Kabul: Outgoing US Ambassador to Afghanistan Ryan Crocker has said American policy makers need to learn the lessons of the recent past as they weigh military options for the future, including for Syria and Iran.
"You better do some cold calculating, you know, about how do you really think you are going to influence things for the better," the New York Times quoted Crocker, as saying.
Crocker, one of the pre-eminent American diplomats of the past 40 years, said he could not help keeping his mind at work on the crisis spots that have defined his career- in Pakistan and Afghanistan, Iran and Syria, Iraq and Lebanon.
Crocker will retire at the end of July after a career that began as the last American troops were leaving Vietnam and is ending as the curtain closes on an era of American state-building that has mostly fallen short of the results policy makers had hoped for, the paper said.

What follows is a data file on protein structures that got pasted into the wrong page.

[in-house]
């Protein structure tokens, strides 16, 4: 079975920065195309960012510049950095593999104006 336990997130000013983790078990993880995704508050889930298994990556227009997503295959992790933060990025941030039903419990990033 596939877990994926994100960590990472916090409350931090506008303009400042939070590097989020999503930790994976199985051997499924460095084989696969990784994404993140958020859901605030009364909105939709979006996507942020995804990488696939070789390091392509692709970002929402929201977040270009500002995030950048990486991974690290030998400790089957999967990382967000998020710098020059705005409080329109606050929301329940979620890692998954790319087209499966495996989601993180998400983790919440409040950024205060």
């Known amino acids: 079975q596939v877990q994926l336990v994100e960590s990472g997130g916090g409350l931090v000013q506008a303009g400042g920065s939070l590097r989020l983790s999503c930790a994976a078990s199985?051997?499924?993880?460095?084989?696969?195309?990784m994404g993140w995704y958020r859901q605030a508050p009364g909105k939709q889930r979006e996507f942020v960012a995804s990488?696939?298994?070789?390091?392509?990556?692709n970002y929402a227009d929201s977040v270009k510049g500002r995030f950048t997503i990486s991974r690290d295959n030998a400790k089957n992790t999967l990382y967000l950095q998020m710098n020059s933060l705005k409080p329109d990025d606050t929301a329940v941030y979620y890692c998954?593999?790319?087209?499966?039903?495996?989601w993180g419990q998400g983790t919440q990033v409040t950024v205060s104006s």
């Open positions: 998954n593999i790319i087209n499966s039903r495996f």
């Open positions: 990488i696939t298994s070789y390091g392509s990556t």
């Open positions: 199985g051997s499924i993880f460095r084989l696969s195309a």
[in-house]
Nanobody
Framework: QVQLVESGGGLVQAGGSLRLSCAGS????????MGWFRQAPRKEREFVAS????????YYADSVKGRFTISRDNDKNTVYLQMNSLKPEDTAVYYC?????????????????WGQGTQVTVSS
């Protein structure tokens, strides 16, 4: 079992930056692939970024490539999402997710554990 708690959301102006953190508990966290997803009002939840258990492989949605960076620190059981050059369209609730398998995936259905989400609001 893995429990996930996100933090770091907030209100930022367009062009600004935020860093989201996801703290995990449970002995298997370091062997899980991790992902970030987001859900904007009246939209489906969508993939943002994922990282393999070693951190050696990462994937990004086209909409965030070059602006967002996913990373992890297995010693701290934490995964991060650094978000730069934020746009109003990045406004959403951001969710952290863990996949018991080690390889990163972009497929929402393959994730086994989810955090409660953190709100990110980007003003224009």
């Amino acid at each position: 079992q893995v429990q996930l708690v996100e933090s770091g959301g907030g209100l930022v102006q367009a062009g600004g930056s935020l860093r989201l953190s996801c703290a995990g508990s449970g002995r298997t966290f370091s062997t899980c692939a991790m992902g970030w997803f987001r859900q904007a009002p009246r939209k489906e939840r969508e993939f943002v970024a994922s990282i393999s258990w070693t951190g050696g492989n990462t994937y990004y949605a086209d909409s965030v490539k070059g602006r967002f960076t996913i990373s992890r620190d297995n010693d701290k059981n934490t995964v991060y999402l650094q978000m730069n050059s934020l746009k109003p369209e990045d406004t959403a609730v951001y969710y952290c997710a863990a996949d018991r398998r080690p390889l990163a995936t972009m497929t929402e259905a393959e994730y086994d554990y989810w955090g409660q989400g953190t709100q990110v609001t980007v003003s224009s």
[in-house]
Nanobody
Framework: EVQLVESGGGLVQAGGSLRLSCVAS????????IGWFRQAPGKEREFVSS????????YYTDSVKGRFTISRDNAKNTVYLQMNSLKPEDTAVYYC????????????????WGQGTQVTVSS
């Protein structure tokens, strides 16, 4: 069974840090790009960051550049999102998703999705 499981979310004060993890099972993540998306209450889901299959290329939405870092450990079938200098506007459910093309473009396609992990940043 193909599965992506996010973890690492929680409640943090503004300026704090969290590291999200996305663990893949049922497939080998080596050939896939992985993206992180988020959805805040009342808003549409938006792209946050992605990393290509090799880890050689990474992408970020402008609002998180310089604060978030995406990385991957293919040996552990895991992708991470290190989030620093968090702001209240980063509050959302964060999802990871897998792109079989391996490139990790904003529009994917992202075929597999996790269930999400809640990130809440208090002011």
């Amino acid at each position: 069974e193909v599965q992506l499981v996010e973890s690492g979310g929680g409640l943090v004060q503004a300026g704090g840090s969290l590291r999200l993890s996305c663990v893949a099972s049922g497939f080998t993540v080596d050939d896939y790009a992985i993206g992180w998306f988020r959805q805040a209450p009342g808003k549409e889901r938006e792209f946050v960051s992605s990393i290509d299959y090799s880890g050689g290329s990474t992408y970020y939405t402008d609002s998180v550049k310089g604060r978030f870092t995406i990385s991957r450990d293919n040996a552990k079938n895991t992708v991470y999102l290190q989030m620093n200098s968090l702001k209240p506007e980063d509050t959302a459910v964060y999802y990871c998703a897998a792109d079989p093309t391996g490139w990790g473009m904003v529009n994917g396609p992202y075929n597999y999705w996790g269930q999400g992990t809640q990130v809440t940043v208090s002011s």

In the years ahead, Crocker sees, if anything, an increasingly fraught foreign landscape in a world set afire by war and revolution, a chapter bound to frustrate the best intentions and most sophisticated strategies of the US, the paper said.
Although he speaks Arabic and has spent a lifetime immersed in the Arab world and Afghanistan, Crocker is deeply sceptical that Americans on foreign soil can be anything other than strangers in a strange land.
"We are a superpower, we don’t fight on our territory, but that means you are in somebody else’s stadium, playing by somebody else’s ground rules, and you have to understand the environment, the history, the politics of the country you wish to intervene in," he said.